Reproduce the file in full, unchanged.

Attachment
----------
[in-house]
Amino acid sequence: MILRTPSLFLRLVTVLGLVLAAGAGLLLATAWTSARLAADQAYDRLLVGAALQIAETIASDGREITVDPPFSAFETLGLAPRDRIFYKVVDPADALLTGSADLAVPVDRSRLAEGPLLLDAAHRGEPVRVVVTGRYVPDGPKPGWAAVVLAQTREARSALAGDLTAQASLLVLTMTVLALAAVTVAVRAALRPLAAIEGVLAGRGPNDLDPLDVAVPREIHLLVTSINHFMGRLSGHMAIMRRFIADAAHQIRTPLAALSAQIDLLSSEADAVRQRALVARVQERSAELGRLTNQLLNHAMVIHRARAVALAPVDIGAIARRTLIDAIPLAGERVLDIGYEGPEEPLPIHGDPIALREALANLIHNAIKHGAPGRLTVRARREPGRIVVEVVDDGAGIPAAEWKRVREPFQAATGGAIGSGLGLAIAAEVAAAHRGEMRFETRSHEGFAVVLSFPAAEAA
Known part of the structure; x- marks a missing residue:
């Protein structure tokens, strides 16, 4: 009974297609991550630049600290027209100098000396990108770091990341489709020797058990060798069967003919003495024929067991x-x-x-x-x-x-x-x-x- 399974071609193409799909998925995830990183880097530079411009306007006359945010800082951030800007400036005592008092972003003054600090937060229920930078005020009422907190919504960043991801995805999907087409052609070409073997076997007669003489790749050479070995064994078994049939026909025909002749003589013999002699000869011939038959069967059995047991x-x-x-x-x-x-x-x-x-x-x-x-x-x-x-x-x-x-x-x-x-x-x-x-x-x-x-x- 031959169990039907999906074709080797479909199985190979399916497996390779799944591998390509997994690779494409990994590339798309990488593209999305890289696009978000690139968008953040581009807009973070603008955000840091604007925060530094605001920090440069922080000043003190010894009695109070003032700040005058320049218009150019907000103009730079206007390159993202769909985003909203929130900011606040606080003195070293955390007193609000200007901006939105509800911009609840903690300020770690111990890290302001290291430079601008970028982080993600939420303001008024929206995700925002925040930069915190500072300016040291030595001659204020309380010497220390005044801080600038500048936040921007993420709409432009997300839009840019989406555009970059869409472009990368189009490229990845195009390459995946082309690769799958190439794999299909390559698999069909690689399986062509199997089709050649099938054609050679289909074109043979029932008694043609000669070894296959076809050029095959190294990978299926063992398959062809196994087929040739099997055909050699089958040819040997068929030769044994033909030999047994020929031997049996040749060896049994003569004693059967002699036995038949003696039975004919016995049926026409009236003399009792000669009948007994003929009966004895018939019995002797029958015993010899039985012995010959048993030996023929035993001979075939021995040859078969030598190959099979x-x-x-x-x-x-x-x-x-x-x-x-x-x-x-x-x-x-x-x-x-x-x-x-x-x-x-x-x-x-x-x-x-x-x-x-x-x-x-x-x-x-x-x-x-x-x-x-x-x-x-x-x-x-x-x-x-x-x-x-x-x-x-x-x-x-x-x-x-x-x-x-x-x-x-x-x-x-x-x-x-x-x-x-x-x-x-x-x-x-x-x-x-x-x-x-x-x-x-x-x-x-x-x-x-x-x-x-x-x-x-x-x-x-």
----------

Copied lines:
[in-house]
Amino acid sequence: MILRTPSLFLRLVTVLGLVLAAGAGLLLATAWTSARLAADQAYDRLLVGAALQIAETIASDGREITVDPPFSAFETLGLAPRDRIFYKVVDPADALLTGSADLAVPVDRSRLAEGPLLLDAAHRGEPVRVVVTGRYVPDGPKPGWAAVVLAQTREARSALAGDLTAQASLLVLTMTVLALAAVTVAVRAALRPLAAIEGVLAGRGPNDLDPLDVAVPREIHLLVTSINHFMGRLSGHMAIMRRFIADAAHQIRTPLAALSAQIDLLSSEADAVRQRALVARVQERSAELGRLTNQLLNHAMVIHRARAVALAPVDIGAIARRTLIDAIPLAGERVLDIGYEGPEEPLPIHGDPIALREALANLIHNAIKHGAPGRLTVRARREPGRIVVEVVDDGAGIPAAEWKRVREPFQAATGGAIGSGLGLAIAAEVAAAHRGEMRFETRSHEGFAVVLSFPAAEAA
Known part of the structure; x- marks a missing residue:
């Protein structure tokens, strides 16, 4: 009974297609991550630049600290027209100098000396990108770091990341489709020797058990060798069967003919003495024929067991x-x-x-x-x-x-x-x-x- 399974071609193409799909998925995830990183880097530079411009306007006359945010800082951030800007400036005592008092972003003054600090937060229920930078005020009422907190919504960043991801995805999907087409052609070409073997076997007669003489790749050479070995064994078994049939026909025909002749003589013999002699000869011939038959069967059995047991x-x-x-x-x-x-x-x-x-x-x-x-x-x-x-x-x-x-x-x-x-x-x-x-x-x-x-x- 031959169990039907999906074709080797479909199985190979399916497996390779799944591998390509997994690779494409990994590339798309990488593209999305890289696009978000690139968008953040581009807009973070603008955000840091604007925060530094605001920090440069922080000043003190010894009695109070003032700040005058320049218009150019907000103009730079206007390159993202769909985003909203929130900011606040606080003195070293955390007193609000200007901006939105509800911009609840903690300020770690111990890290302001290291430079601008970028982080993600939420303001008024929206995700925002925040930069915190500072300016040291030595001659204020309380010497220390005044801080600038500048936040921007993420709409432009997300839009840019989406555009970059869409472009990368189009490229990845195009390459995946082309690769799958190439794999299909390559698999069909690689399986062509199997089709050649099938054609050679289909074109043979029932008694043609000669070894296959076809050029095959190294990978299926063992398959062809196994087929040739099997055909050699089958040819040997068929030769044994033909030999047994020929031997049996040749060896049994003569004693059967002699036995038949003696039975004919016995049926026409009236003399009792000669009948007994003929009966004895018939019995002797029958015993010899039985012995010959048993030996023929035993001979075939021995040859078969030598190959099979x-x-x-x-x-x-x-x-x-x-x-x-x-x-x-x-x-x-x-x-x-x-x-x-x-x-x-x-x-x-x-x-x-x-x-x-x-x-x-x-x-x-x-x-x-x-x-x-x-x-x-x-x-x-x-x-x-x-x-x-x-x-x-x-x-x-x-x-x-x-x-x-x-x-x-x-x-x-x-x-x-x-x-x-x-x-x-x-x-x-x-x-x-x-x-x-x-x-x-x-x-x-x-x-x-x-x-x-x-x-x-x-x-x-």